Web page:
RV Park ordinance

The Rockport City Council, at its regular meeting Tuesday, Nov. 9, conducted a joint public hearing with the Planning & Zoning Commission (P&Z) to consider amendments to the Recreational Vehicle (RV) Parks ordinance, including but not limited to the creation of a new zoning district and special conditions for developing RV Parks.

When the hearing was closed, the P&Z voted 6-1 to postpone making a recommendation to the council until it can meet in a workshop with the council and City staff.

P&Z Chairman Ruth Davis cast the dissenting vote.

The council, later in the same meeting, took no action on first reading of the RV ordinance, which would establish an R-8 Recreational Vehicle Park Zoning District, revise non-conforming use regulations, provide regulations for RV Parks, and provide for other associated changes to the zoning regulations.

Joint Public Hearing

Rockport Director of Public Works and Development Services Mike Donoho opened the hearing noting the City initiated an RV Park moratorium in the summer of 2018 after Hurricane Harvey, to ensure development of such facilities met adequate standards, etc.

(Note: The city also began working on a new Comprehensive Plan after the storm, which was to address RV Parks.)

Donoho said there have been multiple meetings with RV Park owners, and added, “Everything is on the table tonight. We have made the changes (received) … and look to receive input.

“I sincerely hope nobody feels they’ve been left out of the process.”

He said the proposed changes will have little impact on current RV Parks.

“It will address new parks, and current parks that are expanding,” said Donoho.

Doug Webb said he didn’t think this is the time to “push this through.”

Tiffanie Hoover said Texas is the largest growing RV market.

“The pandemic helped the RV industry,” she said.

In regard to the proposed ordinance, Hoover said, “I support an RV ordinance. I’m not for this one. It’s not a good ordinance for Aransas County.”

She noted one can’t make a new RV park work under the ordinance as written.

Jeff Hutt said it seems strange the RV park moratorium has been in affect for more than two years.

He said the City will have a new council and new city manager in the future, and they should deal with the RV Park issue.

“Let the moratorium expire,” he said. “You can still turn down anything you want.”

Another man talked about property he owned, and how he planned to build an RV Park, but then the City annexed his property.

“I’m not really sure,” he said, “I hope I have this (proposed ordinance) all figured out.”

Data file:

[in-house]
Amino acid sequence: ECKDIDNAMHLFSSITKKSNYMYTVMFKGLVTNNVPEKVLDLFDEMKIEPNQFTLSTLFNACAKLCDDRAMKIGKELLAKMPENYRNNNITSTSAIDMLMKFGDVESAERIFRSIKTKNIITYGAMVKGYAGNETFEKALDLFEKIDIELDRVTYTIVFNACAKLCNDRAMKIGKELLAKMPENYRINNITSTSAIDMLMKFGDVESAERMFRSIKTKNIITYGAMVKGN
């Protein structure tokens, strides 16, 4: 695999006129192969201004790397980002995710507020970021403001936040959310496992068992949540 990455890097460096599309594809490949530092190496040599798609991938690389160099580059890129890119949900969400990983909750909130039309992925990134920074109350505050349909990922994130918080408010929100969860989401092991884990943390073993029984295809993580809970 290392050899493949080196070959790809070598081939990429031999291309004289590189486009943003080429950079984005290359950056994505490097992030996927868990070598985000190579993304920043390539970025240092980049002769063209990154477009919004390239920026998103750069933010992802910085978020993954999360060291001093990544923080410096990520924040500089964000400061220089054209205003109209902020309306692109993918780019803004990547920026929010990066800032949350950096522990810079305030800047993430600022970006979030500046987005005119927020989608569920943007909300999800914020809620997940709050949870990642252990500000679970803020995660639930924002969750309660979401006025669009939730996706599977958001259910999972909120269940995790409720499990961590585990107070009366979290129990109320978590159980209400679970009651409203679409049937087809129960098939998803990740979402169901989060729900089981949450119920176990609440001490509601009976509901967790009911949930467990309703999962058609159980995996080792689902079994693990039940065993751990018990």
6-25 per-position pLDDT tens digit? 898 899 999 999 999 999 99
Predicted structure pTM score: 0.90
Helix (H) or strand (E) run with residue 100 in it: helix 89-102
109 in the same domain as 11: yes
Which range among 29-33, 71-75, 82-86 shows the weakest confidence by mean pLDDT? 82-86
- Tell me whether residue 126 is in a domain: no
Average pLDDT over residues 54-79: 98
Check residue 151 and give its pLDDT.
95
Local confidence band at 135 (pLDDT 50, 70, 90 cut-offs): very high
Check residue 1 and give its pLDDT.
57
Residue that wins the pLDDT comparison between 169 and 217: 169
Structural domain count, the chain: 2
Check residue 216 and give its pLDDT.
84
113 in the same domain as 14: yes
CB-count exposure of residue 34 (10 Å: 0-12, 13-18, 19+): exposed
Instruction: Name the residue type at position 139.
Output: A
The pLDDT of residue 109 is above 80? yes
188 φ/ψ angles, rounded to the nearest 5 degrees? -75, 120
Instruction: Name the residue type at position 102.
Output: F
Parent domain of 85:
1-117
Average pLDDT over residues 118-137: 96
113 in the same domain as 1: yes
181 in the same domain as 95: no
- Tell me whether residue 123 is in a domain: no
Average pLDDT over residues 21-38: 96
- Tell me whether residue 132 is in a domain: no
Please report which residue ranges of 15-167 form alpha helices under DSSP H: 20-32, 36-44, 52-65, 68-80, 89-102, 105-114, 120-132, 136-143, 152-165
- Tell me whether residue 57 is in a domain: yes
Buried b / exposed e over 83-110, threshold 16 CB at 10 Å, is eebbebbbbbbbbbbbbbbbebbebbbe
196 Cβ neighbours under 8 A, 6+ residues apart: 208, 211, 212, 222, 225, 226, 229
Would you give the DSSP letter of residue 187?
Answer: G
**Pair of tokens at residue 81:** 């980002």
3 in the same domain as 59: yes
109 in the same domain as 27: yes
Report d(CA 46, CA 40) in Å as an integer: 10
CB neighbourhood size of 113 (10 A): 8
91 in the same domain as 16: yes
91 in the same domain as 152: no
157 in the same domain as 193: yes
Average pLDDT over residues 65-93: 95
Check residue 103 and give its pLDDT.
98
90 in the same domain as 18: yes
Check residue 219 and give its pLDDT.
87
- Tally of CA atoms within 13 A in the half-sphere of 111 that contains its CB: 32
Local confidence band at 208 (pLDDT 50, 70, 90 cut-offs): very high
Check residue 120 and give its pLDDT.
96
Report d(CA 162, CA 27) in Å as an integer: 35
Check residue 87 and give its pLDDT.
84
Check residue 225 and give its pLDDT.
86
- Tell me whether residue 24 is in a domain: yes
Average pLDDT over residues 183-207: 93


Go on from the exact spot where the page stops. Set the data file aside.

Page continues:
A time to further talk about the proposed ordinance was not discussed.

The P&Z briefly discussed the RV Park Ordinance immediately after the joint public hearing closed.

Donoho noted the RV Park moratorium ended Oct. 31. Since that time two developers have come forward regarding new RV Parks, and one current park owner wants to expand.

“Those three will be addressed using the current ordinance,” he said.

The P&Z generally participates in a joint public hearing, and then meets again the following week to further discuss the item at hand.

In this case, they met during the same meeting. One P&Z member noted this isn’t the way the P&Z usually processes requests.

It was at that time the motion was made to postpone P&Z action regarding a recommendation until a later date.

Comprehensive Plan

The Rockport City Council, at its regular meeting Tuesday, Nov. 9, postponed action on second and final reading of the City’s amended Comprehensive Plan (CP) until its regular meeting Tuesday, Nov. 23.

That action was taken after meeting for about 40 minutes in executive session to get answers to some legal questions.

After returning to open session, Councilwoman Katy Jackson made the motion to postpone action on the document until the council’s next regular meeting. It was seconded by Mayor Pro-tem J.D. Villa and carried unanimously.

(Note: The council, at its regular meeting July 27, approved with a 4-1 vote an Ordinance adopting an Amended CP for the City. Jackson cast the dissenting vote. The adopted CP included the removal of all references to “mixed use” and “co-living”.

During the “citizens to be heard” potion of the agenda, at the beginning of Tuesday’s meeting, Kristie Rutledge asked for more transparency and citizen involvement because ordinances in the future will be based on what’s in the CP. She said it “appears” there have been backroom deals, and questioned the use of high school kids in developing the CP.

She said she asked for a revised copy of the CP Aug. 26 and was denied a copy.

Rutledge also said the city needs to involve taxpayers and shouldn’t use high school kids and the Chamber of Commerce to determine Rockport’s future.

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